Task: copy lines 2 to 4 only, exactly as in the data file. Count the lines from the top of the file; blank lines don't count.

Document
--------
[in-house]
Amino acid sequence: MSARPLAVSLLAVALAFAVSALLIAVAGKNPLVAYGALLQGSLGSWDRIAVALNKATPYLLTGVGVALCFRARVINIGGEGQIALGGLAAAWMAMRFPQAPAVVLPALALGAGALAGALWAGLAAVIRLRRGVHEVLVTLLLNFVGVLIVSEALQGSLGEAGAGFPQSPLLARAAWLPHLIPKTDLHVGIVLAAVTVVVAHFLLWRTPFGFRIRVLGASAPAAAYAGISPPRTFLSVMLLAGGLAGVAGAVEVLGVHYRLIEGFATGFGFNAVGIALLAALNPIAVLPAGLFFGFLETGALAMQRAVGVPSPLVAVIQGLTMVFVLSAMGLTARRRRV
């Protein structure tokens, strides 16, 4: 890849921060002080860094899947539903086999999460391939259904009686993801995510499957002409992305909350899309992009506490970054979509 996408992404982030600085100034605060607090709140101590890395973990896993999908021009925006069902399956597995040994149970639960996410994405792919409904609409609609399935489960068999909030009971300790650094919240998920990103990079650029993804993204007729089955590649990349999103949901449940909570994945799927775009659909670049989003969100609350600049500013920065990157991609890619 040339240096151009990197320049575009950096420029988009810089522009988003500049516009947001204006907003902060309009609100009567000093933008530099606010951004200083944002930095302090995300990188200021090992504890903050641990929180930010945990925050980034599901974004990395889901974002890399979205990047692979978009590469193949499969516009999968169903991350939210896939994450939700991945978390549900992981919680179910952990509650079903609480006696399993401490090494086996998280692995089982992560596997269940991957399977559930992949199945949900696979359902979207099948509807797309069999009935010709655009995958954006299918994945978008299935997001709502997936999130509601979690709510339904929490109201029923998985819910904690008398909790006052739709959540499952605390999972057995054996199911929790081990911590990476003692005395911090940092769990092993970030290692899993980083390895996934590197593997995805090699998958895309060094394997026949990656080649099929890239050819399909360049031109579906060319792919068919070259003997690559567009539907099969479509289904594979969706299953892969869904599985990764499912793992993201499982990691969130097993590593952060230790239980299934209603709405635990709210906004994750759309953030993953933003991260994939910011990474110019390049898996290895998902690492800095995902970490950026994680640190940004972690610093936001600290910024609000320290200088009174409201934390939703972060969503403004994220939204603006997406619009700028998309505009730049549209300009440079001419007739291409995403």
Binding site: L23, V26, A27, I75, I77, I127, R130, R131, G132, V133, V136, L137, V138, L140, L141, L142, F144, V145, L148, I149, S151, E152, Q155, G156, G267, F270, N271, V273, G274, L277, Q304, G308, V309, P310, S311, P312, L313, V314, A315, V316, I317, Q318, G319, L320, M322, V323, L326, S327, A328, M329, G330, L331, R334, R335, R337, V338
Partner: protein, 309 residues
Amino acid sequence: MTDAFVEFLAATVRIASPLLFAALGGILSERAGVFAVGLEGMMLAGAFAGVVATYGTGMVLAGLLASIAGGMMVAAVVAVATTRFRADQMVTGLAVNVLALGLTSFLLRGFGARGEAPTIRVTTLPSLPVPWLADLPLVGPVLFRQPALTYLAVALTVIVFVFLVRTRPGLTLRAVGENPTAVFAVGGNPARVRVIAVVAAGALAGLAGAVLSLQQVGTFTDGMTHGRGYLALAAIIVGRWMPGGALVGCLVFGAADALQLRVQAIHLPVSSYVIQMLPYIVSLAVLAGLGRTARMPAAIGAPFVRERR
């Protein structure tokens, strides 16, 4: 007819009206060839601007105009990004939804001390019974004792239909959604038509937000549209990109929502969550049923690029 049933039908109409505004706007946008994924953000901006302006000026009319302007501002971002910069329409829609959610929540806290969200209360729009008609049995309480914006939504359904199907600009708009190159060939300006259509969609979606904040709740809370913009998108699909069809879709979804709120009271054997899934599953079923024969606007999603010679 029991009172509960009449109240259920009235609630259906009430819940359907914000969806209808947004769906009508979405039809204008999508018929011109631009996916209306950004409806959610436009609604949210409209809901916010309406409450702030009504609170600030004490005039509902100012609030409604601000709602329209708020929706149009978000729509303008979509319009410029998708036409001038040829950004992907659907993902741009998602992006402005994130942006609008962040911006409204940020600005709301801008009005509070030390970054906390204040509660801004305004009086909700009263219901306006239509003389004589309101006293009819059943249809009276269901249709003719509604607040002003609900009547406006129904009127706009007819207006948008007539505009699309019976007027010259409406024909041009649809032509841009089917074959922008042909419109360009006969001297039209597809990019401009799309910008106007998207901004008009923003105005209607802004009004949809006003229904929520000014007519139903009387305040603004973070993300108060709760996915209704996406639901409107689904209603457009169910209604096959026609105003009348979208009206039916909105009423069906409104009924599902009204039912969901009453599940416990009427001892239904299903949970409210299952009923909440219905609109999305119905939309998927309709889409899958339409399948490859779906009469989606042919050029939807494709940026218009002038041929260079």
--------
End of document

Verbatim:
Amino acid sequence: MSARPLAVSLLAVALAFAVSALLIAVAGKNPLVAYGALLQGSLGSWDRIAVALNKATPYLLTGVGVALCFRARVINIGGEGQIALGGLAAAWMAMRFPQAPAVVLPALALGAGALAGALWAGLAAVIRLRRGVHEVLVTLLLNFVGVLIVSEALQGSLGEAGAGFPQSPLLARAAWLPHLIPKTDLHVGIVLAAVTVVVAHFLLWRTPFGFRIRVLGASAPAAAYAGISPPRTFLSVMLLAGGLAGVAGAVEVLGVHYRLIEGFATGFGFNAVGIALLAALNPIAVLPAGLFFGFLETGALAMQRAVGVPSPLVAVIQGLTMVFVLSAMGLTARRRRV
């Protein structure tokens, strides 16, 4: 890849921060002080860094899947539903086999999460391939259904009686993801995510499957002409992305909350899309992009506490970054979509 996408992404982030600085100034605060607090709140101590890395973990896993999908021009925006069902399956597995040994149970639960996410994405792919409904609409609609399935489960068999909030009971300790650094919240998920990103990079650029993804993204007729089955590649990349999103949901449940909570994945799927775009659909670049989003969100609350600049500013920065990157991609890619 040339240096151009990197320049575009950096420029988009810089522009988003500049516009947001204006907003902060309009609100009567000093933008530099606010951004200083944002930095302090995300990188200021090992504890903050641990929180930010945990925050980034599901974004990395889901974002890399979205990047692979978009590469193949499969516009999968169903991350939210896939994450939700991945978390549900992981919680179910952990509650079903609480006696399993401490090494086996998280692995089982992560596997269940991957399977559930992949199945949900696979359902979207099948509807797309069999009935010709655009995958954006299918994945978008299935997001709502997936999130509601979690709510339904929490109201029923998985819910904690008398909790006052739709959540499952605390999972057995054996199911929790081990911590990476003692005395911090940092769990092993970030290692899993980083390895996934590197593997995805090699998958895309060094394997026949990656080649099929890239050819399909360049031109579906060319792919068919070259003997690559567009539907099969479509289904594979969706299953892969869904599985990764499912793992993201499982990691969130097993590593952060230790239980299934209603709405635990709210906004994750759309953030993953933003991260994939910011990474110019390049898996290895998902690492800095995902970490950026994680640190940004972690610093936001600290910024609000320290200088009174409201934390939703972060969503403004994220939204603006997406619009700028998309505009730049549209300009440079001419007739291409995403």
Binding site: L23, V26, A27, I75, I77, I127, R130, R131, G132, V133, V136, L137, V138, L140, L141, L142, F144, V145, L148, I149, S151, E152, Q155, G156, G267, F270, N271, V273, G274, L277, Q304, G308, V309, P310, S311, P312, L313, V314, A315, V316, I317, Q318, G319, L320, M322, V323, L326, S327, A328, M329, G330, L331, R334, R335, R337, V338